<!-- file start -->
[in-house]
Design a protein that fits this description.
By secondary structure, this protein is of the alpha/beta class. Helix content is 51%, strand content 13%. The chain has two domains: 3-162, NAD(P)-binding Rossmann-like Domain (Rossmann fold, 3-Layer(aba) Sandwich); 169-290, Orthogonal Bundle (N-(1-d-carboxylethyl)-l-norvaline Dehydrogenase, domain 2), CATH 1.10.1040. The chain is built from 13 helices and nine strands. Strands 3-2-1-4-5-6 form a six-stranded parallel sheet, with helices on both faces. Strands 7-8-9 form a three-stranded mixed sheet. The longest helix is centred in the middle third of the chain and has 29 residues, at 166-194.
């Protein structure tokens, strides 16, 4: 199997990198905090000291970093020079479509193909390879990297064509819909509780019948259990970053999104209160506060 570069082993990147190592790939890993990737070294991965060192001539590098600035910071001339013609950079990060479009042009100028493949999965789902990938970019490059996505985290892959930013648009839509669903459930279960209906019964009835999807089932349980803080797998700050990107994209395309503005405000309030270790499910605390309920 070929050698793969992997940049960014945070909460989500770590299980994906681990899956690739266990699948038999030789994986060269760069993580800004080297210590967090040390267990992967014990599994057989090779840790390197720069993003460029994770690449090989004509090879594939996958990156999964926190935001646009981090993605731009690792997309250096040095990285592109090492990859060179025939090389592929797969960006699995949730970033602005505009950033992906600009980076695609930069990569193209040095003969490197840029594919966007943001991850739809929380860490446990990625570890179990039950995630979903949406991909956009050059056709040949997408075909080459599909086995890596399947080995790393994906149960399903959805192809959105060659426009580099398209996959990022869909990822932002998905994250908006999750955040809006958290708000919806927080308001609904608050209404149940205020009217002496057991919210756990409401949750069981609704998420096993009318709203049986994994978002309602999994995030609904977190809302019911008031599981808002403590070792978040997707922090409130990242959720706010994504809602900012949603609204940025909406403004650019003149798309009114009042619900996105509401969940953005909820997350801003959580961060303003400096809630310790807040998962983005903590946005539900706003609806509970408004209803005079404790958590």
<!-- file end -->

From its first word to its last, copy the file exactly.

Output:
[in-house]
Design a protein that fits this description.
By secondary structure, this protein is of the alpha/beta class. Helix content is 51%, strand content 13%. The chain has two domains: 3-162, NAD(P)-binding Rossmann-like Domain (Rossmann fold, 3-Layer(aba) Sandwich); 169-290, Orthogonal Bundle (N-(1-d-carboxylethyl)-l-norvaline Dehydrogenase, domain 2), CATH 1.10.1040. The chain is built from 13 helices and nine strands. Strands 3-2-1-4-5-6 form a six-stranded parallel sheet, with helices on both faces. Strands 7-8-9 form a three-stranded mixed sheet. The longest helix is centred in the middle third of the chain and has 29 residues, at 166-194.
């Protein structure tokens, strides 16, 4: 199997990198905090000291970093020079479509193909390879990297064509819909509780019948259990970053999104209160506060 570069082993990147190592790939890993990737070294991965060192001539590098600035910071001339013609950079990060479009042009100028493949999965789902990938970019490059996505985290892959930013648009839509669903459930279960209906019964009835999807089932349980803080797998700050990107994209395309503005405000309030270790499910605390309920 070929050698793969992997940049960014945070909460989500770590299980994906681990899956690739266990699948038999030789994986060269760069993580800004080297210590967090040390267990992967014990599994057989090779840790390197720069993003460029994770690449090989004509090879594939996958990156999964926190935001646009981090993605731009690792997309250096040095990285592109090492990859060179025939090389592929797969960006699995949730970033602005505009950033992906600009980076695609930069990569193209040095003969490197840029594919966007943001991850739809929380860490446990990625570890179990039950995630979903949406991909956009050059056709040949997408075909080459599909086995890596399947080995790393994906149960399903959805192809959105060659426009580099398209996959990022869909990822932002998905994250908006999750955040809006958290708000919806927080308001609904608050209404149940205020009217002496057991919210756990409401949750069981609704998420096993009318709203049986994994978002309602999994995030609904977190809302019911008031599981808002403590070792978040997707922090409130990242959720706010994504809602900012949603609204940025909406403004650019003149798309009114009042619900996105509401969940953005909820997350801003959580961060303003400096809630310790807040998962983005903590946005539900706003609806509970408004209803005079404790958590």